I’m pretty sure that all of us started out second shooting or even third shooting. It’s definitely not an easy task. Although, it can be quite fun and a great opportunity to work with fabulous photographers and gain amazing experience. Last week I hosted a free workshop on how to be a second shooter. After feeling discouraged last season with the results I was getting back from second shooters, I realized that the blame was primarily mine. I shouldn’t expect the second shooters that were shooting a wedding with me to be able to read my mind in order to know the shot I was expecting them to get. I certainly couldn’t teach them on a wedding day.
Here are some of the bits of advice that were shared with the group.
1. Shoot something different than what the primary is shooting.
It doesn’t really help the primary shooter when a second shooter is shooting directly over their shoulder. Rest assured that the primary shooter is going to get the shot that they need. It is, therefore, the job of the second shooter to capture something different…be it from a different angle, using a different lens or composing a completely different shot (say, if for example, you’re shooting the bride’s wedding shoes, don’t shoot what the main photographer already set up and shot…do something different with the shoes).
2. Capture candids and crowd reactions.
While the main photographer is shooting the main event, definitely capture candids of what’s going on around you. During the first dance and toasts, shoot reactions…details that the main photographer isn’t able to capture. During family formals, shoot reactions of the crowd looking on.
3. Capture environmental shots.
Remember, we’re documenting a couple’s wedding day…not just key moments in between. Capture elements of the venue, the getting ready location, the food…things that can add to the couple’s wedding portfolio as a story telling aspect of what their complete day looked like.
4. Use selective focus.
If the main photographer is focusing on a portrait of the couple, perhaps focus on the bride’s bouquet. If the main photographer is shooting the complete bridal party, perhaps focus on a select member of the bridal party or a specific detail.
5. Shoot for the primary…their needs/wants.
Often times second shooters are shooting for their portfolio. DON’T! Your main job when hired by a photographer is to shoot for them and their needs. I’m sure that you’ll be able to capture something that’s indicative of your personal style and adequate for your portfolio. Don’t be a selfish shooter and check your ego at the door.
6. Have the proper equipment and be at the ready.
Review in anticipation of the wedding with the main photographer what he/she needs from you. Study their style and ask questions as to what their gear is and what they prefer you have in your gear arsenal. Throughout the day, keep a watchful eye on the main photographer, see what lens their shooting with and adjust your lens selection accordingly. There’s no sense shooting the same scene with the same lens unless it’s something completely different than what the main photographer is shooting.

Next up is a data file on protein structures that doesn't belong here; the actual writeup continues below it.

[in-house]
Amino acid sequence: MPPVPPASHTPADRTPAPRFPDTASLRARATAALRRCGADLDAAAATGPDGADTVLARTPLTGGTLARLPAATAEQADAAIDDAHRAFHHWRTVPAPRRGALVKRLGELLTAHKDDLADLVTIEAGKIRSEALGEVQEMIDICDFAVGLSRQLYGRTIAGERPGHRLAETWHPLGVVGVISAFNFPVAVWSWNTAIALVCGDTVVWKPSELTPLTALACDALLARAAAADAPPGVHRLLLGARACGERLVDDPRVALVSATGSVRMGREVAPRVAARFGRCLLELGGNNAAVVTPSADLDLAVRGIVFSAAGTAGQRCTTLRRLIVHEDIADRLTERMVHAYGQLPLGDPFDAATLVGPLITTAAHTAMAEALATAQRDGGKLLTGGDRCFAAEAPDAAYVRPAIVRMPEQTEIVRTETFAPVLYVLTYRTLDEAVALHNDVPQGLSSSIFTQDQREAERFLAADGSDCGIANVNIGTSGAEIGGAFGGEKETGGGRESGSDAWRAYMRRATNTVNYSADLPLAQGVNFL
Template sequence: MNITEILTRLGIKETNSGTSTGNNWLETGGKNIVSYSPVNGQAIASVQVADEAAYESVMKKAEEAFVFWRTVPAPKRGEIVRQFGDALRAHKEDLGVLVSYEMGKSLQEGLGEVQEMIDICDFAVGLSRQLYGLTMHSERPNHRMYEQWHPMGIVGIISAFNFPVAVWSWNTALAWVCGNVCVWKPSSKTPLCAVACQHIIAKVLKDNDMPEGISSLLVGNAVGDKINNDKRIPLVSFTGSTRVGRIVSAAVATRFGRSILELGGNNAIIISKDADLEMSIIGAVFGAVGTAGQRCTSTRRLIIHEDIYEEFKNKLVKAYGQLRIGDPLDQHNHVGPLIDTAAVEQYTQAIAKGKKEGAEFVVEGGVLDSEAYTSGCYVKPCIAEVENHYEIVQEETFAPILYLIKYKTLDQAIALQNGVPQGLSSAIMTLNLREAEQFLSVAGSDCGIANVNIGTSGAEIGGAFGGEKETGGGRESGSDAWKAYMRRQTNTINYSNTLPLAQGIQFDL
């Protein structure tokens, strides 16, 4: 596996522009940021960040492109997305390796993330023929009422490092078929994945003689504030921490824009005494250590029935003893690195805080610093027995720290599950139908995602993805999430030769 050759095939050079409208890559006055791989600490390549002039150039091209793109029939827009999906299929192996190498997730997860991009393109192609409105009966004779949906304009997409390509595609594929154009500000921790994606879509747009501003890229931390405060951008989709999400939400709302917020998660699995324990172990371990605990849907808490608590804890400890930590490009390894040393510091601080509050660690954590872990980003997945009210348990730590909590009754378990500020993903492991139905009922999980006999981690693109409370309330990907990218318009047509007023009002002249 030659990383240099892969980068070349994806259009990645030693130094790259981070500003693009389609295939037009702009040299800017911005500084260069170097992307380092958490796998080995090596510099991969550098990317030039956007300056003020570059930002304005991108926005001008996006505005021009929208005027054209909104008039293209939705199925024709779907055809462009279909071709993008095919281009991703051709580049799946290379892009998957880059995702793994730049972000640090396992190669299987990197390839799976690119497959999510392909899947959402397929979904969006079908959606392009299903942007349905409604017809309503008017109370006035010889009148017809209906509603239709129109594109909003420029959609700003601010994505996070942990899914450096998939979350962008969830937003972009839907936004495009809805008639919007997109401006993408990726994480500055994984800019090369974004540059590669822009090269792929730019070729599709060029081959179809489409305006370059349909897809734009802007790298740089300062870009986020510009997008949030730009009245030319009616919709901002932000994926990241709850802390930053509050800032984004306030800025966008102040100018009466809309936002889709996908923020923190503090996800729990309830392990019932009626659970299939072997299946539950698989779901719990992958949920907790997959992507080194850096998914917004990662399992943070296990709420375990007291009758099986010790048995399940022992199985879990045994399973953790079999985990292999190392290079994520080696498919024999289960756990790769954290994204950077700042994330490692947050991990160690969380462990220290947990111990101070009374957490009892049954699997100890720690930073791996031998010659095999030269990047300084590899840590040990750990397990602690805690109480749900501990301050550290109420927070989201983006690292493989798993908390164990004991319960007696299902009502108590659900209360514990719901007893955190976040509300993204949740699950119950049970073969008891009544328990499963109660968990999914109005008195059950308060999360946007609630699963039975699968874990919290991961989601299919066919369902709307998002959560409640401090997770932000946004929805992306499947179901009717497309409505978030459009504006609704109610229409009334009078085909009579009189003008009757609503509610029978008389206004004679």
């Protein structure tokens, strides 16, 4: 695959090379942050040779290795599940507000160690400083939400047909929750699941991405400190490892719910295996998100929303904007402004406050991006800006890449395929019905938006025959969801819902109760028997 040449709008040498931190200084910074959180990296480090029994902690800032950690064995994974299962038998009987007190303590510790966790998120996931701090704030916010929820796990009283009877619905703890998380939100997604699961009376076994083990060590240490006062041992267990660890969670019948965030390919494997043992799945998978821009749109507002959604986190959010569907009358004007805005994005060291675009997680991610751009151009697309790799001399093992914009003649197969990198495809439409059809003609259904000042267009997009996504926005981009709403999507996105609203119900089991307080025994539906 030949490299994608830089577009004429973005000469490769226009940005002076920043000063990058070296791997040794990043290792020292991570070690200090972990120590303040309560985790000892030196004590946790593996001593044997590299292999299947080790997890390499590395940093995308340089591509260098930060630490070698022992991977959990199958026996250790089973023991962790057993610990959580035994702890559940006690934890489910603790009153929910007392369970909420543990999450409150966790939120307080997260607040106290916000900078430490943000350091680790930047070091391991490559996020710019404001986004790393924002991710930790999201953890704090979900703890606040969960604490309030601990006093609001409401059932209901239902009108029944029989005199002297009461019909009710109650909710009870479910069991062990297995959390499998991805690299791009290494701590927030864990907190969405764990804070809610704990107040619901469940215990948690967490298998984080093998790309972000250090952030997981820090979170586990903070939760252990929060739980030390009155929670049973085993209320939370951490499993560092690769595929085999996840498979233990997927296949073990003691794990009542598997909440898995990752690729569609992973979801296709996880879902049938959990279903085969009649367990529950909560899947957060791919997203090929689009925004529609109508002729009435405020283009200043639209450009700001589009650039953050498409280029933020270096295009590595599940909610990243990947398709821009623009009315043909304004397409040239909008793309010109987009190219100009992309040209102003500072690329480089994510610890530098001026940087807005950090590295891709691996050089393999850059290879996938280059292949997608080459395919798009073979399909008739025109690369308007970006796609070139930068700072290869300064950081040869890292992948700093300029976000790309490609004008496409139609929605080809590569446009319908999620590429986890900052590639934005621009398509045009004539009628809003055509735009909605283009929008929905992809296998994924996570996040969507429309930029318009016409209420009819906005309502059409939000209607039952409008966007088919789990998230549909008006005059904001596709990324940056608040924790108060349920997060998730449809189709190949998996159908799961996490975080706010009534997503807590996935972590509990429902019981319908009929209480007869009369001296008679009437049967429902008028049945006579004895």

7. Dress accordingly.
You are a representative of the main photographer and their brand. Ask them if they have a preference on your attire well in advance of the wedding day.
8. Be nice. Smile.
Often times the main photographer is stressed throughout the day. Don’t add to it. Instead, offer assistance, get them a drink of water, if they need one, and definitely smile. Be courteous to other vendors, the couple, the bridal party and all of the guests in attendance. Remember, you are a representative of the main photographer.
9. How and where to showcase images. Portfolio building.
Have a conversation with the main photographer of what your expectations are with the images that you shoot. Understand their demands and limitations with what you show. Remember, the wedding you shoot with a main photographer is NOT your wedding…it’s the main photographers. You don’t know what, if any, conditions that have to meet with their client when showcasing their wedding on any social media outlet. Just be clear and come to a solid agreement with the main photographer with respect to how you showcase images (if you’re allowed to) BEFORE you shoot.
10. Ask upfront for details/specific/terms.
Communication is key when you’re a second shooter. Ask well in advance of any wedding shot where you’re shooting (if that information hasn’t already been provided to you), coordination of the day (how you’re getting there, parking, times), if and how you can use images you shoot throughout the day, and what the pay is.
I’ve started a Facebook Group for those of you that want periodic tips, tricks, have questions, wanna share…
A HUGE, HUGE thanks go out to my friend, Nicole. We frequently trade dates with each other throughout the season and share similar experiences. It was great to also have her input when discussing topics with the workshop attendees.
A BIG, FAT, HUG and thanks go out to Stephanie and Ed, our fabulous models that were there for the shooting portion of the workshop.
And a YAY and HIGH FIVE go out to Ashley for helping me stylize the shoot, my studio assistant, Melissa, for all her help throughout the day and for capturing some of the images below along with Nicole.
Finally, THANK YOU, to all of the workshop attendees. I’m thrilled that you came out in order to better your craft. To all of those on the wait list of the next workshop, sit tight and keep an eye on your email inbox for a future workshop date.